May 6, 2013; St. Petersburg, FL, USA; Tampa Bay Rays starting pitcher Jeremy Hellickson (58) walks back to the dugout during the third inning against the Toronto Blue Jays at Tropicana Field. Mandatory Credit: Kim Klement-USA TODAY Sports

Wherever Rays' Jeremy Hellickson Goes, He May Just Have to Walk There


Jeremy Hellickson is certainly not having a season to be proud of right now. His record is 5-3, but his ERA stands at just 5.50, a far cry from his 3.02 mark from 2011 to 2012. But in one regard, Hellickson has improved significantly: his walk rate. He has cut his walks per 9 innings ratio down to just 1.9, easily better than his 3.2 mark from his previous two season. And in his last four starts, Hellickson hasn’t walked a single batter, tying a team record set by James Shields in 2007. What does it mean that Hellickson is walking so many fewer batters yet is still struggling?

His walk rate is the most glaring change, but Hellickson has improved his strikeout rate as well, upping it from 5.9 per 9 innings from 2011 to 2012 to 6.9 this season. Add in Hellickson’s 1.3 HR/9, and his FIP is 4.02, a career best, and his xFIP of 3.95 is even better. Hellickson’s ERA is bloated, but all the indicators are going in the right direction. What’s going on? The stats have their limitations and the best thing to do in many cases is to simply watch the games. Hellickson is throwing plenty of strikes and missing a few more bats than before. The difference, though, has been his command, especially in big spots. Hellickson’s batting average on balls in play on the season is .302, right around league average and almost ludicrously above his .243 mark the previous two years. Is this a regression to the mean as Hellickson’s longstanding luck has evaporated? No–it was never luck, always command. The indicators like the strikeout, walk, and homer rates never told you anything about Hellickson because he was sticking the edges of the zone, not overpowering hitters but forcing weak contact a high proportion of the time. Lately, he’s been throwing more strikes but they have not been of nearly the same quality, and Hellickson has been hit hard in the process.

In his four-start stretch without a walk, Hellickson hasn’t pitched very well, going 3-1 but with a 5.16 ERA. Of course his 17-0 strikeout to walk ratio in 22.2 IP jumps off the page, but his walk rate doesn’t seem to have any correlation with his success on the mound. The fact that Hellickson is striking out more batters and walking less will help him moving forward. But while the focus has been on Hellickson’s great control, his command is really the focus with him and that is the part of his game ruining what could have been a breakout season. As Hellickson hopes to return to form, there’s nothing wrong with him walking a few more batters. As long as he’s sticking to his game and sticking to the edges of the plate, a methodical but unstoppable return to the pitcher we’re used to seeing will be happening soon.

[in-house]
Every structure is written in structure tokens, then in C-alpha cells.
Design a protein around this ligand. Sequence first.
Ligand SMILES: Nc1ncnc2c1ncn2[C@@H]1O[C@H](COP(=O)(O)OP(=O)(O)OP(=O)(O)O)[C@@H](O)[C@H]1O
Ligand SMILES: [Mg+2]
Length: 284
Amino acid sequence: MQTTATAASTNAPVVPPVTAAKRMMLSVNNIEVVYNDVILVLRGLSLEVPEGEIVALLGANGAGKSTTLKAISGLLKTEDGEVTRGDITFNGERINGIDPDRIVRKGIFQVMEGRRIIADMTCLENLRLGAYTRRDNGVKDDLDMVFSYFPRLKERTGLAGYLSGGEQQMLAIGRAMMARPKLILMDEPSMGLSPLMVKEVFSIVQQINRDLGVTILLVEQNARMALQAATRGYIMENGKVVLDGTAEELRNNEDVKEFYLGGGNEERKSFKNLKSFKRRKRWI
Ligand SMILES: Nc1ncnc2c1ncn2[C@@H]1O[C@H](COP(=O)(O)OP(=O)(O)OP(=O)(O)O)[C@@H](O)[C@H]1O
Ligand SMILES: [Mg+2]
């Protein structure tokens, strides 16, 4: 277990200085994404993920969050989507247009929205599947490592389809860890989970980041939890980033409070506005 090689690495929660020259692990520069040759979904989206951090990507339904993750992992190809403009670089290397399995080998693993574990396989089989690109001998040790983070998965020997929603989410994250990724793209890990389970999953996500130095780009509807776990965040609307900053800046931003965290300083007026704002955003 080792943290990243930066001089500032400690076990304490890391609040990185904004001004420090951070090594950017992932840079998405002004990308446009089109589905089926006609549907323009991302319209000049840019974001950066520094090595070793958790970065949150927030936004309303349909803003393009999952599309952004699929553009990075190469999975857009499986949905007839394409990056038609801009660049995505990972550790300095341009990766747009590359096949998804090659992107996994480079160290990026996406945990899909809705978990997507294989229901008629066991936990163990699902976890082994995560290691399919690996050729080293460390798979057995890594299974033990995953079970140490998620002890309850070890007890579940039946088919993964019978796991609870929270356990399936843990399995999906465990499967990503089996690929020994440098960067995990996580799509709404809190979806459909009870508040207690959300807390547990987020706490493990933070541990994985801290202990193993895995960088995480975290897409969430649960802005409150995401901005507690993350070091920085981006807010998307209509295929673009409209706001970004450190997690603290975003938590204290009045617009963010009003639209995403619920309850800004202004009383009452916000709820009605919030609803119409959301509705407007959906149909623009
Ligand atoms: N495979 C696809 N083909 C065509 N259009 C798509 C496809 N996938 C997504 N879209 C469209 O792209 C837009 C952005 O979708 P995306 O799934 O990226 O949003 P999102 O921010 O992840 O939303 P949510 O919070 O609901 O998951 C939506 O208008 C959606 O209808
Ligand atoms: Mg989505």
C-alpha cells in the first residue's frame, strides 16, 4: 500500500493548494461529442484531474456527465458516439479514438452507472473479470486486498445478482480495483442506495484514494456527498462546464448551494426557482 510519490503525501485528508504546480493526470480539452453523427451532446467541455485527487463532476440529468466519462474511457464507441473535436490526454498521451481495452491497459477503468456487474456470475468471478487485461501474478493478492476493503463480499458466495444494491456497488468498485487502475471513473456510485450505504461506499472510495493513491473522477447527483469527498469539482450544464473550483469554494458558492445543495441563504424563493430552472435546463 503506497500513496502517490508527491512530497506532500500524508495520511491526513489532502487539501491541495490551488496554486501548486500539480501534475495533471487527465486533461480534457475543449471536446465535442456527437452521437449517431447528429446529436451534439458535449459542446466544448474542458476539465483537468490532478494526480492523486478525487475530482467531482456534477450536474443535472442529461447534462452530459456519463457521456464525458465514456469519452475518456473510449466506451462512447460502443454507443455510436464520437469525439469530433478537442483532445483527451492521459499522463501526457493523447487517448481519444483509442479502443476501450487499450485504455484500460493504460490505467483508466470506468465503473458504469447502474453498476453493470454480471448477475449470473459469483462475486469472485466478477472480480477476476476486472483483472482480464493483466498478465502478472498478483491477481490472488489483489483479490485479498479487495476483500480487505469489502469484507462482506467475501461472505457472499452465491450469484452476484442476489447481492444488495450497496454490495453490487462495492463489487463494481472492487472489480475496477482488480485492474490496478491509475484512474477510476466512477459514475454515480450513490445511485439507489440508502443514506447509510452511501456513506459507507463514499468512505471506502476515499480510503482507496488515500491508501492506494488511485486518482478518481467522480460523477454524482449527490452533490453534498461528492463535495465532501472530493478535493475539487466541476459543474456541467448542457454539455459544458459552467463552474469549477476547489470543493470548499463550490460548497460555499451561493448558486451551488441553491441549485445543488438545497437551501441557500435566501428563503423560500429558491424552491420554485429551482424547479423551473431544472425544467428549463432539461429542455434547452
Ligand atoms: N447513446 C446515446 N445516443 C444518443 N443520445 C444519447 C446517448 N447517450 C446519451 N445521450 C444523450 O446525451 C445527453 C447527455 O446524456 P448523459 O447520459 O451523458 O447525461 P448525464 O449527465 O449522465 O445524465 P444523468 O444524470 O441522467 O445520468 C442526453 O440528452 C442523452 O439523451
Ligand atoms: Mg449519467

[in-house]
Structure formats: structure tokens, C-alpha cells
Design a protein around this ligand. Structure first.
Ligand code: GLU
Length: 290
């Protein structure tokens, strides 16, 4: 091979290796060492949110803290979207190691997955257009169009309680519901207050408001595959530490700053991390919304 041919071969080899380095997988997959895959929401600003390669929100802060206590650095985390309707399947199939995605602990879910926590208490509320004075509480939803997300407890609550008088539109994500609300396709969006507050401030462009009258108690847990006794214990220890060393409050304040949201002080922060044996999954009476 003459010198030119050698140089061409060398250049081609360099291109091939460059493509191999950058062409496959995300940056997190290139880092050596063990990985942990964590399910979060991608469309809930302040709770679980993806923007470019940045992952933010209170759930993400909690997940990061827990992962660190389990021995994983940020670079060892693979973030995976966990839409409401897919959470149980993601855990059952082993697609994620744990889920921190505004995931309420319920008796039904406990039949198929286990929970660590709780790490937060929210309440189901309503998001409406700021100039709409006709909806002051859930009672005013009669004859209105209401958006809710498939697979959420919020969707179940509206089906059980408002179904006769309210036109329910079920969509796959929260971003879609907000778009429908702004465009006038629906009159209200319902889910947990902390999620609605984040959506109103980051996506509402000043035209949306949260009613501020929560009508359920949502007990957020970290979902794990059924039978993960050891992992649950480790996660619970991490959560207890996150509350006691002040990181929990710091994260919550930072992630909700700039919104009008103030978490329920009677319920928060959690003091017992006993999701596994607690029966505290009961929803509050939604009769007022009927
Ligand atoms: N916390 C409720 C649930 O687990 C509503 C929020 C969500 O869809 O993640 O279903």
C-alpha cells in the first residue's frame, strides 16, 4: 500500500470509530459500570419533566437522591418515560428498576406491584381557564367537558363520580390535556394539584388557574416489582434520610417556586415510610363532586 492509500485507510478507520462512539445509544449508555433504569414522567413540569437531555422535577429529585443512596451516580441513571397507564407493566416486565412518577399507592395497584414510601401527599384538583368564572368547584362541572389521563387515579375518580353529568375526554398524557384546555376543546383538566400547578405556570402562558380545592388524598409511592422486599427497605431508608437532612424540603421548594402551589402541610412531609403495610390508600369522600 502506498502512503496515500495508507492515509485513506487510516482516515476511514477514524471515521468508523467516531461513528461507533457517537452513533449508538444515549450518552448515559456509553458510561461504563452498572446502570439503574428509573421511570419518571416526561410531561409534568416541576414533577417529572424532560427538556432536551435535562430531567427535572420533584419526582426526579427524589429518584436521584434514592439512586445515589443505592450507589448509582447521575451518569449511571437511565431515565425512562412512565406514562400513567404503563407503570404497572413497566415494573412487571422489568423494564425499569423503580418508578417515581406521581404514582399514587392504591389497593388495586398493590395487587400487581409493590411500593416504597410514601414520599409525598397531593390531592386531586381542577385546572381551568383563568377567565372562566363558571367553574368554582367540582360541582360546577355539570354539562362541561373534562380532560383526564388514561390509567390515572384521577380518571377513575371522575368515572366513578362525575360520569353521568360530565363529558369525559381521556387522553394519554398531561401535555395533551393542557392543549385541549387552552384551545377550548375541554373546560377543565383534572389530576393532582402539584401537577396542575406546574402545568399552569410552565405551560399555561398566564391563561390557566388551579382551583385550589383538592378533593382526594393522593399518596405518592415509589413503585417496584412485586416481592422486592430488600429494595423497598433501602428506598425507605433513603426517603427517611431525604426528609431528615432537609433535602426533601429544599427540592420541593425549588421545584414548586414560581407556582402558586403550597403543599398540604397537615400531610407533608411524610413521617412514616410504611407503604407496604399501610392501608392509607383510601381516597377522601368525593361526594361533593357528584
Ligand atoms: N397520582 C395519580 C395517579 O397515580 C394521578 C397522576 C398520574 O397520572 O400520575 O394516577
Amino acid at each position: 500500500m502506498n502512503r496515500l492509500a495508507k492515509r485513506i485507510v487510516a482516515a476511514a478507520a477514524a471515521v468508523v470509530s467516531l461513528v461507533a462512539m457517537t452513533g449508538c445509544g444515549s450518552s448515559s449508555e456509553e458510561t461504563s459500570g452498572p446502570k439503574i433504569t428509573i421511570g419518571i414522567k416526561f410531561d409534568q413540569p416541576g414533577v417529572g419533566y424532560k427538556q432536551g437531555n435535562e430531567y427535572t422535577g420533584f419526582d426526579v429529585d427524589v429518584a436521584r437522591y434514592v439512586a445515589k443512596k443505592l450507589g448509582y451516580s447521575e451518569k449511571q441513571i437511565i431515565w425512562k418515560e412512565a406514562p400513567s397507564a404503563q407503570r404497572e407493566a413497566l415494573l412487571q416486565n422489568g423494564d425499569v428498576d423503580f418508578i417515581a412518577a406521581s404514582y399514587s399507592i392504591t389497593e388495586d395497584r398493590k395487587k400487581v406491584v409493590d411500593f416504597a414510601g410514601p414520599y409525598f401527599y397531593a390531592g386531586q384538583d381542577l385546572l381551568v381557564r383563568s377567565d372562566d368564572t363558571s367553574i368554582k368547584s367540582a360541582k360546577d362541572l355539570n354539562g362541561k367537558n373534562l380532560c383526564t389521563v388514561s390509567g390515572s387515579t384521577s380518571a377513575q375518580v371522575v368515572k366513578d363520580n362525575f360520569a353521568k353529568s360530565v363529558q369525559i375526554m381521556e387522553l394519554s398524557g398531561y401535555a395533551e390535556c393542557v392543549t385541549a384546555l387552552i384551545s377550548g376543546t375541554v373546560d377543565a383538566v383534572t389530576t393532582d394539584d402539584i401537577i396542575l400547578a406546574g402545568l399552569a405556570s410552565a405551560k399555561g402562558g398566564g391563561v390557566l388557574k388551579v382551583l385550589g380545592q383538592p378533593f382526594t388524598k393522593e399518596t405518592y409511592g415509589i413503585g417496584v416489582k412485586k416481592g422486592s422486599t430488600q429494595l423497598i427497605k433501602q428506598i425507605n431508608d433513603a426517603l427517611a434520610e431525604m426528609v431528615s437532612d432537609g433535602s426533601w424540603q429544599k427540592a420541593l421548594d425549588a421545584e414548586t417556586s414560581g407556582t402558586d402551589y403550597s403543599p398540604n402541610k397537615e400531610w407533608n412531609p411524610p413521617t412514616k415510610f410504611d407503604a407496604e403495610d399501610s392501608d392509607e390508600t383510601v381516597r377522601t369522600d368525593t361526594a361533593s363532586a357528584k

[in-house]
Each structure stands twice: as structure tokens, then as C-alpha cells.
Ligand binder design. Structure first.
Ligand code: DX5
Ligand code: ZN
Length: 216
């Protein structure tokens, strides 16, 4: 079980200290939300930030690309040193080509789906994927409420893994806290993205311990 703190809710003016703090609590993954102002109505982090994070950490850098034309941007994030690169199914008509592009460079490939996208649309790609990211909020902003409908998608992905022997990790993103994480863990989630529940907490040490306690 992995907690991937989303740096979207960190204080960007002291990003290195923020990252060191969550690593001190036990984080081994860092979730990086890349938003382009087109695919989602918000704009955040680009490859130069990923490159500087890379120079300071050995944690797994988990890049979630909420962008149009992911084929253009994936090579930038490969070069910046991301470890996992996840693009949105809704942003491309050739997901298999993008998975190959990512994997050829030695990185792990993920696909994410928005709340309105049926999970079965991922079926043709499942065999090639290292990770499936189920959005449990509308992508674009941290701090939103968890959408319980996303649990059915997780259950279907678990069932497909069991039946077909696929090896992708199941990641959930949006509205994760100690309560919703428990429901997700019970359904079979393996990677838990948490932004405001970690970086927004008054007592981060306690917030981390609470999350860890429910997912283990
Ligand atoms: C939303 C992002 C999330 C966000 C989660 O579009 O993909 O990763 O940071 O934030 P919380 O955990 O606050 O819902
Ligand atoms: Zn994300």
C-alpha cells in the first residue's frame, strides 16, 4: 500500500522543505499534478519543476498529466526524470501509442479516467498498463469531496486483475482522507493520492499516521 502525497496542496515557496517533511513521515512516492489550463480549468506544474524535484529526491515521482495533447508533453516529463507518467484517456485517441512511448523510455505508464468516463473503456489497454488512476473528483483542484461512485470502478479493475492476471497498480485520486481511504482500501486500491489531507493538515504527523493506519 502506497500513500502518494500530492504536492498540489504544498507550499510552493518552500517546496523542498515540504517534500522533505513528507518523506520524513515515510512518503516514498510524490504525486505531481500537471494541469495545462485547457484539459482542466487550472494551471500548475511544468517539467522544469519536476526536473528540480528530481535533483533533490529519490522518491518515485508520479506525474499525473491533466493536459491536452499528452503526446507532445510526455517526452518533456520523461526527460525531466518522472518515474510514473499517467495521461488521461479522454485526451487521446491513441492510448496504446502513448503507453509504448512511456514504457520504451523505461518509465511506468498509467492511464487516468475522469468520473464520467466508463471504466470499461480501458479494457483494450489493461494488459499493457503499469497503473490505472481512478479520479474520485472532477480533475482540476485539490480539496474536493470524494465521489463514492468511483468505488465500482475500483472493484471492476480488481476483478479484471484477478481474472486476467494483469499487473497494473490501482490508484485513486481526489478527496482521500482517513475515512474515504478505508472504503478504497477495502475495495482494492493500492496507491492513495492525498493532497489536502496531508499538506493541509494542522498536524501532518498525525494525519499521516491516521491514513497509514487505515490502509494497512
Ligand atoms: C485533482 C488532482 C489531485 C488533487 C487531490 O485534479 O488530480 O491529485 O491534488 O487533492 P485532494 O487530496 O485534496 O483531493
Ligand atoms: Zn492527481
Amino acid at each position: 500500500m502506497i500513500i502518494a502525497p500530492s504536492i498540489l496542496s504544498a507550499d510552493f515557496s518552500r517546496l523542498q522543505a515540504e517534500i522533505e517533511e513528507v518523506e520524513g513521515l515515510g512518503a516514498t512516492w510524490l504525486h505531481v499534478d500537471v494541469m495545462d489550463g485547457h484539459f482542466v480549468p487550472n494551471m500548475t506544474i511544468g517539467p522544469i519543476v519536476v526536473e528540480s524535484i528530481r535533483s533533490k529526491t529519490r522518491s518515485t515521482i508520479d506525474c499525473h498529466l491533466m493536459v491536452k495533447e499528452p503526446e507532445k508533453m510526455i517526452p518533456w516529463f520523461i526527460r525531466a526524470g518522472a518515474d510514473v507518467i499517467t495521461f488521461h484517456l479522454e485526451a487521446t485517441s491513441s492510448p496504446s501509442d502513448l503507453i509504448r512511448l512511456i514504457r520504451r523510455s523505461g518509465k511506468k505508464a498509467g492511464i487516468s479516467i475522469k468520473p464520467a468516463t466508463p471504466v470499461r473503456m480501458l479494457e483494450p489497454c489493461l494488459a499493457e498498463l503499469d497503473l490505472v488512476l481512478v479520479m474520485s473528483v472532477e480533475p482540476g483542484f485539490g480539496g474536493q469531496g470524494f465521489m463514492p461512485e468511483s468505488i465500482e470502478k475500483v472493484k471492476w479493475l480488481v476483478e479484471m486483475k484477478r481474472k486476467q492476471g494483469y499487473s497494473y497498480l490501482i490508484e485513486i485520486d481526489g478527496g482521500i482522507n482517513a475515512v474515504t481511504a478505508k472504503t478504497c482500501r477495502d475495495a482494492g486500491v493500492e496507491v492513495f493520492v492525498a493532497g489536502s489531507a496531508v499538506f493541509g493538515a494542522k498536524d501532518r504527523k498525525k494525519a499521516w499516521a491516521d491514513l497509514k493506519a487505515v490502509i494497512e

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6 Comments on Wherever Rays’ Jeremy Hellickson Goes, He May Just Have to Walk There

  1. Robbie_Knopf says:

    If anyone wants me to follow this up with an explanation of how exactly Hellickson stays on the edges and what has changed between this year and years past, I’m more than happy to do that.

  2. OTown RaysFan says:

    what i would like you to follow up on is taking your meds, robbie. your
    negativism is just too shrill at times, as in your “assessment” of jeremy – even if you’re only indulging
    in it to try to get folks to pay attention. please try to be more
    constructive in your criticisms, regardless of your impulse to write
    tmz-esque headlines.

    • Estivage says:

      A bit harsh. I wouldn’t have by any means called it negative, if anything I thought it was a positive article showing how Hellickson can be the pitcher we hoped.

      • OTown RaysFan says:

        in re-reading your piece, i have to agree that i was harsh. i’m sorry. i hope it was just me taking out my frustration with hellickson this season on you. but as puzzling as his problems have been for us as observers, i have to believe that he’s somewhat puzzled as well – his claims of a season-long confidence in his stuff, notwithstanding. have you analyzed his more down to earth BABIP this year in light of his previous years’ unearthly showings, or do you just see it as the regression to the norm that has been predicted for him since he came into the league?

        • Robbie_Knopf says:

          As I say in the piece, Hellickson’s low BAbip was never luck, always command. His command has been off, hence his BAbip has been higher. If there is a regression to the mean, the BAbip is only a symptom of the disease–what’s really been happening is that the past couple of years his command has been excellent just about every time out and this year has been a different story. Hellickson has shown that he’s human and not the unflappable, sabermetrics-defying pitcher that we saw the last couple of years. Hellickson’s renewed success his past couple starts has been built around him restoring his command, and his development in the long-term will be him finding a way to succeed even when his pitches aren’t going where he wants them to all the time.

          Thanks for the apology and I’ll hopefully get to Hellickson “living on the edge” over the next few days.

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